Large-Scale Renovations

Large-scale renovations on any building often comprise structural changes, which require a building permit from council.  A planning permit is also required if your building falls in a heritage overlay or the renovations are for commercial purposes.

Repair, Renewal or Maintenance

Health and Safety

Heritage Overlay

Your ‘property information’ is generally referred to in connection with mortgages, zones, overlays and easements affecting your property.  In turn this may affect your building plans, please check the following page for details on how to view this information:  Property Information.

Structural alterations to a building include:

  • Increasing or decreasing the floor area
  • Increasing or decreasing the height of the building
  • Underpinning, re-stumping or otherwise replacing the footing of a building.
  • Removing or altering any supporting element, such as a supporting or retaining wall

You will need a building permit to safely make a structural change to your house, particularly if you ever want to sell it.

If you have encountered suspected asbestos as a part of your renovation, please see the following section before work continues:  Encountering Asbestos.

Repair, Renewal or Maintenance

Generally ‘repair, renewal or maintenance’, - as long as it does not involve anything structural - is free of the requirement for building permit.

However, this exemption relies upon using the materials ‘commonly used’ for the same function as the ones being replaced. In other words, you can use the current equivalent of the materials being replaced.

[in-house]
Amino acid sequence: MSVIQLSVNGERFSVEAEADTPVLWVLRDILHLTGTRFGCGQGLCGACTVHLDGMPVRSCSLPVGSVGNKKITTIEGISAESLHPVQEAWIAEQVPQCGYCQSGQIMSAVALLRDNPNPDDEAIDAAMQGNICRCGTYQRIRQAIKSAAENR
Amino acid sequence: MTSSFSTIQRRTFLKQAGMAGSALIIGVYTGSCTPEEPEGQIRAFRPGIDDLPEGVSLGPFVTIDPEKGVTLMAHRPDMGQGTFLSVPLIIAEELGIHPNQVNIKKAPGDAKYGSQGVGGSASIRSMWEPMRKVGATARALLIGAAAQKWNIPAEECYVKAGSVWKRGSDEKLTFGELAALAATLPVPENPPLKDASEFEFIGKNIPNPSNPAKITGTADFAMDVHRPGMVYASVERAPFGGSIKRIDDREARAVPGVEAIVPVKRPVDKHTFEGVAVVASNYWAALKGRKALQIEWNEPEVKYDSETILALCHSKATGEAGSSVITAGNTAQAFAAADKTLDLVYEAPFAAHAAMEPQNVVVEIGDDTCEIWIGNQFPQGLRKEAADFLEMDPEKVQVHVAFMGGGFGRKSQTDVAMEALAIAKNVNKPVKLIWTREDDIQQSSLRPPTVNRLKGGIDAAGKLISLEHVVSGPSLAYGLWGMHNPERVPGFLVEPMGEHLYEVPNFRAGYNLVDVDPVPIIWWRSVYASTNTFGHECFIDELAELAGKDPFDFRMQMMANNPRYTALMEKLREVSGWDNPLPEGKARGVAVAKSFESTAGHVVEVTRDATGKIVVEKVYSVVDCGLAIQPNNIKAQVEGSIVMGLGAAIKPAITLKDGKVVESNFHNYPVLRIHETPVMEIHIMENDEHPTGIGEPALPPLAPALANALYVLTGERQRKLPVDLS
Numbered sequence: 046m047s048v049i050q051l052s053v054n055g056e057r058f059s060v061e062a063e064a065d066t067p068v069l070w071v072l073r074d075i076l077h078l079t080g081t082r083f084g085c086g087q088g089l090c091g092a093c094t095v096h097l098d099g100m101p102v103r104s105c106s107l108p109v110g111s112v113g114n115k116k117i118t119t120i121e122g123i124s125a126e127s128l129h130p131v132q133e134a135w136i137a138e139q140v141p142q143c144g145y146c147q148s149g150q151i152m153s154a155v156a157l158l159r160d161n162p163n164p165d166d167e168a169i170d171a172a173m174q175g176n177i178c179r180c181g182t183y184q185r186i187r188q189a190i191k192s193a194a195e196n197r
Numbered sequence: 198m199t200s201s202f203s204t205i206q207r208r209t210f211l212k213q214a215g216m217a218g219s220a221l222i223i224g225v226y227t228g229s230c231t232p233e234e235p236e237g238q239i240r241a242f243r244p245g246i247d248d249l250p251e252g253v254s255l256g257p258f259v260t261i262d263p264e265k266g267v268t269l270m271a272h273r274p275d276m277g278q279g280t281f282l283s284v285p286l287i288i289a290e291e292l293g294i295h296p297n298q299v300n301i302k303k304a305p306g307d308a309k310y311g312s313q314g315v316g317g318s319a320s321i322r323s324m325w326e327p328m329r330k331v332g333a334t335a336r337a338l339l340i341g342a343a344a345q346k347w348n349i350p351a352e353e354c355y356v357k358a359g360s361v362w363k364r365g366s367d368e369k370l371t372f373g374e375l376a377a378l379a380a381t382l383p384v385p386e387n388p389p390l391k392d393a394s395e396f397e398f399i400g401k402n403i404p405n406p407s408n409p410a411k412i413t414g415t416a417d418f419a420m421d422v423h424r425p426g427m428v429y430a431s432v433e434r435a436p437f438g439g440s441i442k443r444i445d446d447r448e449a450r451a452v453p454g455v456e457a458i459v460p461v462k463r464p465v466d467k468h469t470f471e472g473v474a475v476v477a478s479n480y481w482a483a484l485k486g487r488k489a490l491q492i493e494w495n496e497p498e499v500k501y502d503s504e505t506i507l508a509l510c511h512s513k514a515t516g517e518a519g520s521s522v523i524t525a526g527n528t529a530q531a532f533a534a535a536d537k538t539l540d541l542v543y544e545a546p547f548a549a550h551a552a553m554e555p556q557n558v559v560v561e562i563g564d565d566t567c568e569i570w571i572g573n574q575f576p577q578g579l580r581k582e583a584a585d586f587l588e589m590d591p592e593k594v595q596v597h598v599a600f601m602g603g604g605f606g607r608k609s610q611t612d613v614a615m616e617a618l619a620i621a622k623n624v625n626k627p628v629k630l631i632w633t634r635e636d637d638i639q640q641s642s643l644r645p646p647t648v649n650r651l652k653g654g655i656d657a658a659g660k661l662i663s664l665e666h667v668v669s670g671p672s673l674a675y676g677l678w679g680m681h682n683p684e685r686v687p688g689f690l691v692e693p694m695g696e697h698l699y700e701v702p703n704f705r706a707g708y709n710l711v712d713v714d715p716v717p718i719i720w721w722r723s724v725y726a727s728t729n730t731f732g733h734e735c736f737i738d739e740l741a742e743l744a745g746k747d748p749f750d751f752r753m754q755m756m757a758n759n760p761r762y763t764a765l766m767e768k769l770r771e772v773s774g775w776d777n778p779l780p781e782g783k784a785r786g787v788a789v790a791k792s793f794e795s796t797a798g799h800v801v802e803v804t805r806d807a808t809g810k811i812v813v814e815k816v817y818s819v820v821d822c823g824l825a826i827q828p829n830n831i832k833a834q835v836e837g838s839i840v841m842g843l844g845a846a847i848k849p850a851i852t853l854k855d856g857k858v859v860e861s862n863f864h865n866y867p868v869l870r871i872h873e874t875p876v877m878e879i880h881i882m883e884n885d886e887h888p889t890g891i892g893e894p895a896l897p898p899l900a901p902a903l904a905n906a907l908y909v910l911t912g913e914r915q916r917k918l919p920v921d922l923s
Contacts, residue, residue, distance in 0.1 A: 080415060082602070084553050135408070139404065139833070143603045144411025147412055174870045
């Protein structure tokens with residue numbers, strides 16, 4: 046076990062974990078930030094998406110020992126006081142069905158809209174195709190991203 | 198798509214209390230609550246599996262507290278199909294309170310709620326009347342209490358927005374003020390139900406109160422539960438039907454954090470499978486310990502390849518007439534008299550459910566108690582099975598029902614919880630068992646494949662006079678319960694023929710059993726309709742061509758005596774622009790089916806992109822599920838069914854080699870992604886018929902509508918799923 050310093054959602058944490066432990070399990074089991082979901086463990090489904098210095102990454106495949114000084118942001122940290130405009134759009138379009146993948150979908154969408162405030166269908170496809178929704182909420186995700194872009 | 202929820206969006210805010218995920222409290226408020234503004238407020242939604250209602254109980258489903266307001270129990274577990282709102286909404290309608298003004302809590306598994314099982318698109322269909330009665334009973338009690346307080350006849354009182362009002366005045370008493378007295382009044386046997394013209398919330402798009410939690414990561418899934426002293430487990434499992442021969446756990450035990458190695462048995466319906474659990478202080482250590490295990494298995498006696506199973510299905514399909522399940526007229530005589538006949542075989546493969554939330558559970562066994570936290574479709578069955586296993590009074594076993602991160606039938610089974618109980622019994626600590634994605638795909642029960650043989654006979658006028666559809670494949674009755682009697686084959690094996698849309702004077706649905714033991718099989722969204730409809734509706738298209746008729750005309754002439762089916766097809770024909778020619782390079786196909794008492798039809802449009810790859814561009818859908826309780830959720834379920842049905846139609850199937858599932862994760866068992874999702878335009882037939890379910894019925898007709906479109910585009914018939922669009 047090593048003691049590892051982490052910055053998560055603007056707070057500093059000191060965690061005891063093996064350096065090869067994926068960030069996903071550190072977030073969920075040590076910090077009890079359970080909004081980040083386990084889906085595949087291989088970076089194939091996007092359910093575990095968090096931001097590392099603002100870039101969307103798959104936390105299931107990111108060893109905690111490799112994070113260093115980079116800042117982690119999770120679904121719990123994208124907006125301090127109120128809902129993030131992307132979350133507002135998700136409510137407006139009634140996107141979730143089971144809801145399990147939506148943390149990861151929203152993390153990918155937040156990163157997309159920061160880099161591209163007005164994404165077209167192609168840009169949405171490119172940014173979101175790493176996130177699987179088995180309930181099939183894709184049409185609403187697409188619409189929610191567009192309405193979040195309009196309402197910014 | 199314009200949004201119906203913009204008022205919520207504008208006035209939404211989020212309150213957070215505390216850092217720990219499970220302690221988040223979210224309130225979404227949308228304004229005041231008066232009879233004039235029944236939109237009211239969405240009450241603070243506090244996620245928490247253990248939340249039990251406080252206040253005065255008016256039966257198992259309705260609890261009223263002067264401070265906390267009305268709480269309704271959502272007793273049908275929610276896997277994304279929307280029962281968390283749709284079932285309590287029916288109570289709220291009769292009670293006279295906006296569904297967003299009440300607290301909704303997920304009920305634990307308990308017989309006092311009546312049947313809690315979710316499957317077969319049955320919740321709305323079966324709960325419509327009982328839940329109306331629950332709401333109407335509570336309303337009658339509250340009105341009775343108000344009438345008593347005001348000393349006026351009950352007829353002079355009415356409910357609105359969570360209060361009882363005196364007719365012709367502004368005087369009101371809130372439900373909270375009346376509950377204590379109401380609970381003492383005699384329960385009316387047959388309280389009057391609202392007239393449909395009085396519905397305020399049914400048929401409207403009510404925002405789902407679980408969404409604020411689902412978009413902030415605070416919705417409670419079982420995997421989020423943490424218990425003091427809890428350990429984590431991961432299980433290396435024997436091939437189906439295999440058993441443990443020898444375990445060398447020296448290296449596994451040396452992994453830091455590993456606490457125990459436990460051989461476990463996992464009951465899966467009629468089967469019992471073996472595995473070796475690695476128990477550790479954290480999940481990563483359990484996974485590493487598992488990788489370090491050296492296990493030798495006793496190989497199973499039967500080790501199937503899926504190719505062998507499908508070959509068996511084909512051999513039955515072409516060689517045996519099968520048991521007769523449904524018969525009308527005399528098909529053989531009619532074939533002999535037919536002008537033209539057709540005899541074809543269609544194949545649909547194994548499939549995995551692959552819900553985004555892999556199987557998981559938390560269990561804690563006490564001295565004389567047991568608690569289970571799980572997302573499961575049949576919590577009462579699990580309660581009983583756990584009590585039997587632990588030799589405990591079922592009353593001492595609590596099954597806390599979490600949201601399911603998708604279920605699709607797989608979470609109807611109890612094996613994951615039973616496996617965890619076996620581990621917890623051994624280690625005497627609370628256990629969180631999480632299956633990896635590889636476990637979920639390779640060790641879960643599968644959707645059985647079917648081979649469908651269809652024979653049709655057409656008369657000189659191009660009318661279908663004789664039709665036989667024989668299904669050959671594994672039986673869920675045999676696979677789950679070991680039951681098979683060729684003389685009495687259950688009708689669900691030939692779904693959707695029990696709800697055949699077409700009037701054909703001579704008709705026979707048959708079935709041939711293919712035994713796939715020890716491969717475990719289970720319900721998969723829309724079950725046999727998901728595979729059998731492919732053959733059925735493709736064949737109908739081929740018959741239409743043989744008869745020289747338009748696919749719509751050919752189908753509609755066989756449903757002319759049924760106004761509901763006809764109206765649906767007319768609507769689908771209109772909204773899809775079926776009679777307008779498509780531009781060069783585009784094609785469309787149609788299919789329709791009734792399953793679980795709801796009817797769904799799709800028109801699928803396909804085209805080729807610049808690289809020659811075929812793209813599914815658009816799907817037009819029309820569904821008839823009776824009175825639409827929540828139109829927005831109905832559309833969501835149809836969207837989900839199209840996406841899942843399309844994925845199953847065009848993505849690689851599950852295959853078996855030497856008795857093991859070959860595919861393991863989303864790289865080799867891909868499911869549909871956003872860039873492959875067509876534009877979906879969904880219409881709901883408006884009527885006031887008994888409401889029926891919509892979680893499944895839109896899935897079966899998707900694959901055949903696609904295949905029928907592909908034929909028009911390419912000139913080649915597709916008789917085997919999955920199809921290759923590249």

For example, installing a skylight when repairing the roof would not qualify for the exemption from a building permit.

Health and Safety

If there are risks to the safety of the public and occupants, or if renovations limit or damage some essential safety measures such as fire exits, then renovations can be considered unsafe.  For example if the machinery for your building project blocks exits preventing evacuation in the event of a fire, it is unsafe for anyone in the building.

If a building project can possibly endanger the public or occupiers of the building, a building permit will be required for renovations.  Other requirements such as road closure or occupation permits may require a planning permit as well.

Heritage Overlay

You will need a planning permit if the renovation will be visible from outside the building or removes ‘period features’. See here for more information on renovating buildings under the Heritage Overlay.





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Last updated: 28 October 2015